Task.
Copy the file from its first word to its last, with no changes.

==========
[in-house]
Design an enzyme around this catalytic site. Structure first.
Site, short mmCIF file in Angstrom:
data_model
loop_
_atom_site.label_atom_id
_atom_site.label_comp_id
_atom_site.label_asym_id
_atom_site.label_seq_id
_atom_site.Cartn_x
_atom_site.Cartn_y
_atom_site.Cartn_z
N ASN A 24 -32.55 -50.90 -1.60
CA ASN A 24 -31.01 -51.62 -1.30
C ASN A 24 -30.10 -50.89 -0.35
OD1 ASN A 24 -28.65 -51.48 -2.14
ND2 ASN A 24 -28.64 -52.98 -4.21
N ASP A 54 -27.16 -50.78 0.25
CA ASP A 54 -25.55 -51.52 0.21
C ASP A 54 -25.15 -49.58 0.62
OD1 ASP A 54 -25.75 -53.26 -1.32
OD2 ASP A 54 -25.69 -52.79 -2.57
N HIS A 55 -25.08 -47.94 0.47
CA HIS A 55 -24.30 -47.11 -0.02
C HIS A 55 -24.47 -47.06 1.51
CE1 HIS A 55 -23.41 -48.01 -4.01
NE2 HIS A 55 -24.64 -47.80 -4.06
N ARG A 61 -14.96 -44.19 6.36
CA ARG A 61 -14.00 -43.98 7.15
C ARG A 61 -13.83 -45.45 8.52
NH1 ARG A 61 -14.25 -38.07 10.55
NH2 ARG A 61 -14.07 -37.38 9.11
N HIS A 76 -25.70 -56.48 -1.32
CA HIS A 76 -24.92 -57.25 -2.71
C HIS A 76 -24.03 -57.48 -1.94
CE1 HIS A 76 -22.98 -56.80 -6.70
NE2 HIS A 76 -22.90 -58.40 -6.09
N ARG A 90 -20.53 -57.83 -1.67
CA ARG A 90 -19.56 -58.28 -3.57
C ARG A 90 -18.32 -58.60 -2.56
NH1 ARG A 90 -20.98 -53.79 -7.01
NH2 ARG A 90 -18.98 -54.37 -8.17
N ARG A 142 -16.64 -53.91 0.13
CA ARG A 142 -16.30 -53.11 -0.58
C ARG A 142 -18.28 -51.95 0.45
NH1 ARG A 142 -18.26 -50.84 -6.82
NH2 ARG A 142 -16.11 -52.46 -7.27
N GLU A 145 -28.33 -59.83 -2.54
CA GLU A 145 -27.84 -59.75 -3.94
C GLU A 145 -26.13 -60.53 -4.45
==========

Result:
[in-house]
Design an enzyme around this catalytic site. Structure first.
Site, short mmCIF file in Angstrom:
data_model
loop_
_atom_site.label_atom_id
_atom_site.label_comp_id
_atom_site.label_asym_id
_atom_site.label_seq_id
_atom_site.Cartn_x
_atom_site.Cartn_y
_atom_site.Cartn_z
N ASN A 24 -32.55 -50.90 -1.60
CA ASN A 24 -31.01 -51.62 -1.30
C ASN A 24 -30.10 -50.89 -0.35
OD1 ASN A 24 -28.65 -51.48 -2.14
ND2 ASN A 24 -28.64 -52.98 -4.21
N ASP A 54 -27.16 -50.78 0.25
CA ASP A 54 -25.55 -51.52 0.21
C ASP A 54 -25.15 -49.58 0.62
OD1 ASP A 54 -25.75 -53.26 -1.32
OD2 ASP A 54 -25.69 -52.79 -2.57
N HIS A 55 -25.08 -47.94 0.47
CA HIS A 55 -24.30 -47.11 -0.02
C HIS A 55 -24.47 -47.06 1.51
CE1 HIS A 55 -23.41 -48.01 -4.01
NE2 HIS A 55 -24.64 -47.80 -4.06
N ARG A 61 -14.96 -44.19 6.36
CA ARG A 61 -14.00 -43.98 7.15
C ARG A 61 -13.83 -45.45 8.52
NH1 ARG A 61 -14.25 -38.07 10.55
NH2 ARG A 61 -14.07 -37.38 9.11
N HIS A 76 -25.70 -56.48 -1.32
CA HIS A 76 -24.92 -57.25 -2.71
C HIS A 76 -24.03 -57.48 -1.94
CE1 HIS A 76 -22.98 -56.80 -6.70
NE2 HIS A 76 -22.90 -58.40 -6.09
N ARG A 90 -20.53 -57.83 -1.67
CA ARG A 90 -19.56 -58.28 -3.57
C ARG A 90 -18.32 -58.60 -2.56
NH1 ARG A 90 -20.98 -53.79 -7.01
NH2 ARG A 90 -18.98 -54.37 -8.17
N ARG A 142 -16.64 -53.91 0.13
CA ARG A 142 -16.30 -53.11 -0.58
C ARG A 142 -18.28 -51.95 0.45
NH1 ARG A 142 -18.26 -50.84 -6.82
NH2 ARG A 142 -16.11 -52.46 -7.27
N GLU A 145 -28.33 -59.83 -2.54
CA GLU A 145 -27.84 -59.75 -3.94
C GLU A 145 -26.13 -60.53 -4.45